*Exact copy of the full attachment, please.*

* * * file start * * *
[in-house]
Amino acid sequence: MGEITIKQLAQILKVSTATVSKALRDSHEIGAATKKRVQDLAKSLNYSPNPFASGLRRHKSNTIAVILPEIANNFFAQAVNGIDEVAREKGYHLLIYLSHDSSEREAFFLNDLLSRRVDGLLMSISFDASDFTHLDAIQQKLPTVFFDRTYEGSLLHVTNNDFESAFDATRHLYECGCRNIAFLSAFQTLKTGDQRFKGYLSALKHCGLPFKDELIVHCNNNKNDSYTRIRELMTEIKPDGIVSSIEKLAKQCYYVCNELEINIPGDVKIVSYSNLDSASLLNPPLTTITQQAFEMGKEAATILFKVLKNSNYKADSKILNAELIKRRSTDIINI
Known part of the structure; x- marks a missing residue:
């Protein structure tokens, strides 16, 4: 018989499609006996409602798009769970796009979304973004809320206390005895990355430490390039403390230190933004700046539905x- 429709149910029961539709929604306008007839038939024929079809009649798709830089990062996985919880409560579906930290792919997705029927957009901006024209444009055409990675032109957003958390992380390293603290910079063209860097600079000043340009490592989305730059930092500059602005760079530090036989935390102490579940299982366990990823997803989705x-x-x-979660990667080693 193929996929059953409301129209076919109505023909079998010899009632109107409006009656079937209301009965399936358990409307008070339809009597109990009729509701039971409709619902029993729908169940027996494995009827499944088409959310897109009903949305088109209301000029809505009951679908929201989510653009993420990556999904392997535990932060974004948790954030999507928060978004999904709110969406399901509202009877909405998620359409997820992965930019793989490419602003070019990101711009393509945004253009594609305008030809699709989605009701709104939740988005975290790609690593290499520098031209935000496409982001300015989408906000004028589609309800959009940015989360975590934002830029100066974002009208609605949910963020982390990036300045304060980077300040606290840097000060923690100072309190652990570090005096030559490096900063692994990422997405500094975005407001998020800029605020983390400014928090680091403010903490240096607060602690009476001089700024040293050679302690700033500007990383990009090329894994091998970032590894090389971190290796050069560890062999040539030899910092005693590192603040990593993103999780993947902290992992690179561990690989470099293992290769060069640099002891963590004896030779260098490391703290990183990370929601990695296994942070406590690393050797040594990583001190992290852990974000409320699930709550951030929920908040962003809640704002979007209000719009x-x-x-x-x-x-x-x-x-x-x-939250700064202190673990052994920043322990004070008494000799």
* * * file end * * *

[in-house]
Amino acid sequence: MGEITIKQLAQILKVSTATVSKALRDSHEIGAATKKRVQDLAKSLNYSPNPFASGLRRHKSNTIAVILPEIANNFFAQAVNGIDEVAREKGYHLLIYLSHDSSEREAFFLNDLLSRRVDGLLMSISFDASDFTHLDAIQQKLPTVFFDRTYEGSLLHVTNNDFESAFDATRHLYECGCRNIAFLSAFQTLKTGDQRFKGYLSALKHCGLPFKDELIVHCNNNKNDSYTRIRELMTEIKPDGIVSSIEKLAKQCYYVCNELEINIPGDVKIVSYSNLDSASLLNPPLTTITQQAFEMGKEAATILFKVLKNSNYKADSKILNAELIKRRSTDIINI
Known part of the structure; x- marks a missing residue:
């Protein structure tokens, strides 16, 4: 018989499609006996409602798009769970796009979304973004809320206390005895990355430490390039403390230190933004700046539905x- 429709149910029961539709929604306008007839038939024929079809009649798709830089990062996985919880409560579906930290792919997705029927957009901006024209444009055409990675032109957003958390992380390293603290910079063209860097600079000043340009490592989305730059930092500059602005760079530090036989935390102490579940299982366990990823997803989705x-x-x-979660990667080693 193929996929059953409301129209076919109505023909079998010899009632109107409006009656079937209301009965399936358990409307008070339809009597109990009729509701039971409709619902029993729908169940027996494995009827499944088409959310897109009903949305088109209301000029809505009951679908929201989510653009993420990556999904392997535990932060974004948790954030999507928060978004999904709110969406399901509202009877909405998620359409997820992965930019793989490419602003070019990101711009393509945004253009594609305008030809699709989605009701709104939740988005975290790609690593290499520098031209935000496409982001300015989408906000004028589609309800959009940015989360975590934002830029100066974002009208609605949910963020982390990036300045304060980077300040606290840097000060923690100072309190652990570090005096030559490096900063692994990422997405500094975005407001998020800029605020983390400014928090680091403010903490240096607060602690009476001089700024040293050679302690700033500007990383990009090329894994091998970032590894090389971190290796050069560890062999040539030899910092005693590192603040990593993103999780993947902290992992690179561990690989470099293992290769060069640099002891963590004896030779260098490391703290990183990370929601990695296994942070406590690393050797040594990583001190992290852990974000409320699930709550951030929920908040962003809640704002979007209000719009x-x-x-x-x-x-x-x-x-x-x-939250700064202190673990052994920043322990004070008494000799």